Workshop 5: 'Democracy and Poverty'

Dan Banik is directing a workshop on the relationship between democracy and poverty as part of the third international conference on Democracy as Idea and Practice, organised by the Research Programme on Democracy.

In this workshop, we wish to question whether certain regimes are better able and equipped to promote economic growth and eradicate poverty than others. In other words, what characterizes the relationship between poverty and democracy? And is there a connection between 'pro-poorness' and 'democracy'?

All are welcome, but we encourage you to register!


The relationship between poverty and democracy has attracted renewed interest in recent times. While large numbers of people continue to suffer the pains of poverty, an increasing number of countries in the developing world are choosing democratic forms of government. The Arab Spring is a case in point. The West, for its part, continues to highlight the key role that elections play in the democratisation process, often making aid conditional upon the holding of free and fair elections and improvement in the respect of civil and political rights. The West also readily criticises the recent trend by many Asian donors (e.g. China, Taiwan and South Korea) to provide generous grants and loans to African and East Asian countries without tying up such development assistance to good governance and the promotion of human rights. The impression given is that democracy, or at least its introduction, will save poor countries from falling further into the trap of poverty. Democracy, apart from being intrinsically valuable, is therefore largely viewed by many countries to further promote an important instrumental goal, namely development.

Most cross-country studies focusing on the relationship between democracy on the one hand and economic growth or poverty reduction on the other face enormous methodological problems and challenges. For example, there are many types of authoritarianism, and countries that fall under this category are very heterogeneous in character. Moreover, classifying democracy itself is also difficult since it usually takes various forms and it is difficult to identify countries that have been democracies for a substantially long period (which allows for meaningful comparisons). And all countries - including democracies - choose various types of economic strategies in order to promote economic growth and development and hence it is very difficult to operate with a constant economic strategy variable. Despite considerable research on the relationship between democracy and economic growth, the literature is, however, inconclusive. While some find a negative relationship between democracy and development, others find a positive relationship and still others do not find any evidence on whether democracy fosters or hinders economic growth. Thus, the democratic performance of countries like India, Costa Rica, Botswana, and Jamaica in reducing poverty does not compare favourably with non-democratic experiments in South Korea, Taiwan and Singapore, where the percentage of population below the poverty line is almost zero. In fact, the highest economic growers have almost always been authoritarian, although the East Asian success story may be exceptional since several authoritarian regimes - especially in Latin America and Africa - have been particularly insensitive to the poor. In terms of poverty reduction, the wild authoritarian fluctuations contrast sharply with a certain middling democratic consistency. But how can we explain such trends and what is the value of democracy in poverty and inequality reduction?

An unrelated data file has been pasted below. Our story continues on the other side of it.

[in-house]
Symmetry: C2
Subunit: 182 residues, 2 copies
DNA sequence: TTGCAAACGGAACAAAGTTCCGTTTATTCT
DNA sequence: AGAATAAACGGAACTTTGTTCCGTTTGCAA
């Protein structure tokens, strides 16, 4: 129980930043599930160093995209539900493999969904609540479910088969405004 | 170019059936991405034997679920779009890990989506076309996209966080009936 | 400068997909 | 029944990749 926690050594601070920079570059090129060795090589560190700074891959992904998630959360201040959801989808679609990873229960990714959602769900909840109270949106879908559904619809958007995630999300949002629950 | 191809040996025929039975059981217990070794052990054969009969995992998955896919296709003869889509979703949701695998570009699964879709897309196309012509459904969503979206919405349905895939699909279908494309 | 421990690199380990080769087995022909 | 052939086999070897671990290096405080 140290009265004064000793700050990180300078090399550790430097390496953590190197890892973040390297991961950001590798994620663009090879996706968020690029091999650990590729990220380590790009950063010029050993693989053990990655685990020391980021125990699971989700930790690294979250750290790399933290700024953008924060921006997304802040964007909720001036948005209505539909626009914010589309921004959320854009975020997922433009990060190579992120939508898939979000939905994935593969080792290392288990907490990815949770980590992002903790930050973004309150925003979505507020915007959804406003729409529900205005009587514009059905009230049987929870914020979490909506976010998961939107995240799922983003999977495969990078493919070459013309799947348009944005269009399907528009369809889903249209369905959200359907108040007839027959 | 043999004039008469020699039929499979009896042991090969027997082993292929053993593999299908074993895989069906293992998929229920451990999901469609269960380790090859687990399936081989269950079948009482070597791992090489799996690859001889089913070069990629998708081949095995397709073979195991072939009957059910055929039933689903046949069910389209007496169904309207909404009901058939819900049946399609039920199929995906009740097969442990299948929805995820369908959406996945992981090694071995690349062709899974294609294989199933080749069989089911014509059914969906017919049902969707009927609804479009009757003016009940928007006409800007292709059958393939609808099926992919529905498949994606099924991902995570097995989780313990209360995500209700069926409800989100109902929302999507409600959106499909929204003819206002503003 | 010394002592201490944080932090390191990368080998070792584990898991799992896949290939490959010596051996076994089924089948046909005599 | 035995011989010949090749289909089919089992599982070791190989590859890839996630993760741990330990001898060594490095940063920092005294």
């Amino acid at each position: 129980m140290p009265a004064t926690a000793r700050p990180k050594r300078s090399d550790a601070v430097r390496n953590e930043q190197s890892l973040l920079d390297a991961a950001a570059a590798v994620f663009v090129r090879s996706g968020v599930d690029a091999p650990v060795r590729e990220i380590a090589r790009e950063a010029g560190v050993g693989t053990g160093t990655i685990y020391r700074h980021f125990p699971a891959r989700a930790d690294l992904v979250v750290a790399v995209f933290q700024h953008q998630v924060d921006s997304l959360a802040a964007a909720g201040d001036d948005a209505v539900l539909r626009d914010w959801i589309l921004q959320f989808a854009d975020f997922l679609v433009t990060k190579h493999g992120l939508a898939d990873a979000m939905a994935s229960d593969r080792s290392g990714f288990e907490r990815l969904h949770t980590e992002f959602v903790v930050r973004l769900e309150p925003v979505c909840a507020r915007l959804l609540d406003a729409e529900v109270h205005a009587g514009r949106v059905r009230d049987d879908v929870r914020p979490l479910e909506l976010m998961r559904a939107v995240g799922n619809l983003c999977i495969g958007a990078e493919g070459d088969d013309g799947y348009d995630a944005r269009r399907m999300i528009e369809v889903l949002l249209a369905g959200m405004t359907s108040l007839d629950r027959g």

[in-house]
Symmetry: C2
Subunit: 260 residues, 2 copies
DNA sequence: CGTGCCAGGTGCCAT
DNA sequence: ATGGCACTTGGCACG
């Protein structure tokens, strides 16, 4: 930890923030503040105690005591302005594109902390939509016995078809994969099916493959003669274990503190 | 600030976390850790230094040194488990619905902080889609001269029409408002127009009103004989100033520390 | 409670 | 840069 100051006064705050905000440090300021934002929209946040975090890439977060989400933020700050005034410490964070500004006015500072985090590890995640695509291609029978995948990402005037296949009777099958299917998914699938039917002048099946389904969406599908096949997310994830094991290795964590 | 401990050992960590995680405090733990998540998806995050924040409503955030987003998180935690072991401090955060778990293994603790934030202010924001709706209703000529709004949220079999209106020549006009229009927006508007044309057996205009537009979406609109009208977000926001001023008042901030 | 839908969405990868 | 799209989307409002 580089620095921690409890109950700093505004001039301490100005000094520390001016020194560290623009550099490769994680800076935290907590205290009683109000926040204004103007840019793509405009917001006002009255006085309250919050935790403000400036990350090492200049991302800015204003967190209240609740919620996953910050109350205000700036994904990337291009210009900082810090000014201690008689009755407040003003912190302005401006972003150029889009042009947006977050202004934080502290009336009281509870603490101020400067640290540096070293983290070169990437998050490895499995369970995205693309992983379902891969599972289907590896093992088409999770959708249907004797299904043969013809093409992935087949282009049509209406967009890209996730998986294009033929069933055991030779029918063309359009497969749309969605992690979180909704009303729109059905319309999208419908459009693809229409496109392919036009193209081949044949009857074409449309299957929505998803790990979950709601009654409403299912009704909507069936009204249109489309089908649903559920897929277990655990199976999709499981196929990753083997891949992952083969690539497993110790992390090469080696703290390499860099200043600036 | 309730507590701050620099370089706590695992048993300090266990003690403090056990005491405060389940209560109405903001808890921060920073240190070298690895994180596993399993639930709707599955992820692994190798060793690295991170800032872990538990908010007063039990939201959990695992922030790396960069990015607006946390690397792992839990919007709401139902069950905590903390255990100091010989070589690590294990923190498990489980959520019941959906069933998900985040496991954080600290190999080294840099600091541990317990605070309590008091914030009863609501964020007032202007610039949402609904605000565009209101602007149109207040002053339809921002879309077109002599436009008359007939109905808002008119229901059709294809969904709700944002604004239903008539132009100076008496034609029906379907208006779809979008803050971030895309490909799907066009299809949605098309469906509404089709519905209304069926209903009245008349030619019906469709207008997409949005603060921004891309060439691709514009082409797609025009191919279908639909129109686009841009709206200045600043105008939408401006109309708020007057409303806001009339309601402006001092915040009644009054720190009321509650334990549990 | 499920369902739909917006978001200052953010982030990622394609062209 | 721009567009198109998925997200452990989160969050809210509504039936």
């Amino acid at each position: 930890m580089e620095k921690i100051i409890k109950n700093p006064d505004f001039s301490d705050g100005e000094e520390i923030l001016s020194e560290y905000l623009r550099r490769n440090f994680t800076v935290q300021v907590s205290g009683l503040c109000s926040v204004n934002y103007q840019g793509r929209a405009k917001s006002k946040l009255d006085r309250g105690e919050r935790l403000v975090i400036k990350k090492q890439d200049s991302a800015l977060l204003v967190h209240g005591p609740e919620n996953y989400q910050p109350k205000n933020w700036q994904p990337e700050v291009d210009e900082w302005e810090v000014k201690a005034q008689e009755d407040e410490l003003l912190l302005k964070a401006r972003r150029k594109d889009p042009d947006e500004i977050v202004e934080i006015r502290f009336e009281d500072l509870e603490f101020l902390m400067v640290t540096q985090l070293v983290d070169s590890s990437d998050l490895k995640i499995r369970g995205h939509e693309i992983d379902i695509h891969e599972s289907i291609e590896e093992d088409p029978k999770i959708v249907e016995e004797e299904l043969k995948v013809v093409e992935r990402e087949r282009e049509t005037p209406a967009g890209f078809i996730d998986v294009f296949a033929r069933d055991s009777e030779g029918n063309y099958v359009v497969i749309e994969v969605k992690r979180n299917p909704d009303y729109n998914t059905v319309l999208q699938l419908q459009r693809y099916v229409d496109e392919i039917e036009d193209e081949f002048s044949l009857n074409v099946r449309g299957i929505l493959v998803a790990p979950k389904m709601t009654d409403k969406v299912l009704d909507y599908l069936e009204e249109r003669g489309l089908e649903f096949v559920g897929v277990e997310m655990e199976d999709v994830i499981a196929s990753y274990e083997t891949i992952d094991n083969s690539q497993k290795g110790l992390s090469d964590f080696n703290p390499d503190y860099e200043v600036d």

In recent years, Brazil, India and China have become much more assertive in international development, trade, environment and foreign aid policies. Riding on an impressive record of rapid economic growth and their sheer size, these countries are increasingly influencing social and economic policies around the world. In particular China, but also India, Brazil and South Africa, are interacting in numerous ways with poorer countries, including so-called ―South-South dialogues. These give access to natural resources, new and growing markets, and also reduce the dependence of African countries on traditional forms of aid from the Global North. These emerging countries and their policies represent a counterweight to the policies and development aid models that have for long been promoted directly or indirectly (e.g. through multilateral institutions) in poor countries by the Global North. Within the new aid architecture, there may be even less interest than before in addressing politically sensitive but important issues such as governance, human rights, income and gender inequality, unequal power relations in local society and issues of accountability. Will the tendency in the past to ―depoliticise aid policy now be enhanced? Will recent attempts to focus on improving the rule of law and the quality and functioning of formal institutions (e.g. civil service, oversight institutions, legislature, judiciary, civil society organisations) be abandoned - or at most replaced by technocratic and managerial approaches directed at individual behavioural change?'

The main purpose of this workshop is to reflect on a selected number of challenges that democracies face in relation to poverty based on empirical research undertaken in selected countries in Asia, Africa and Latin America.

The overall purpose is to examine whether and to what extent democracy can save countries from falling into the trap of poverty and underdevelopment.


Published Jan. 6, 2012 2:31 PM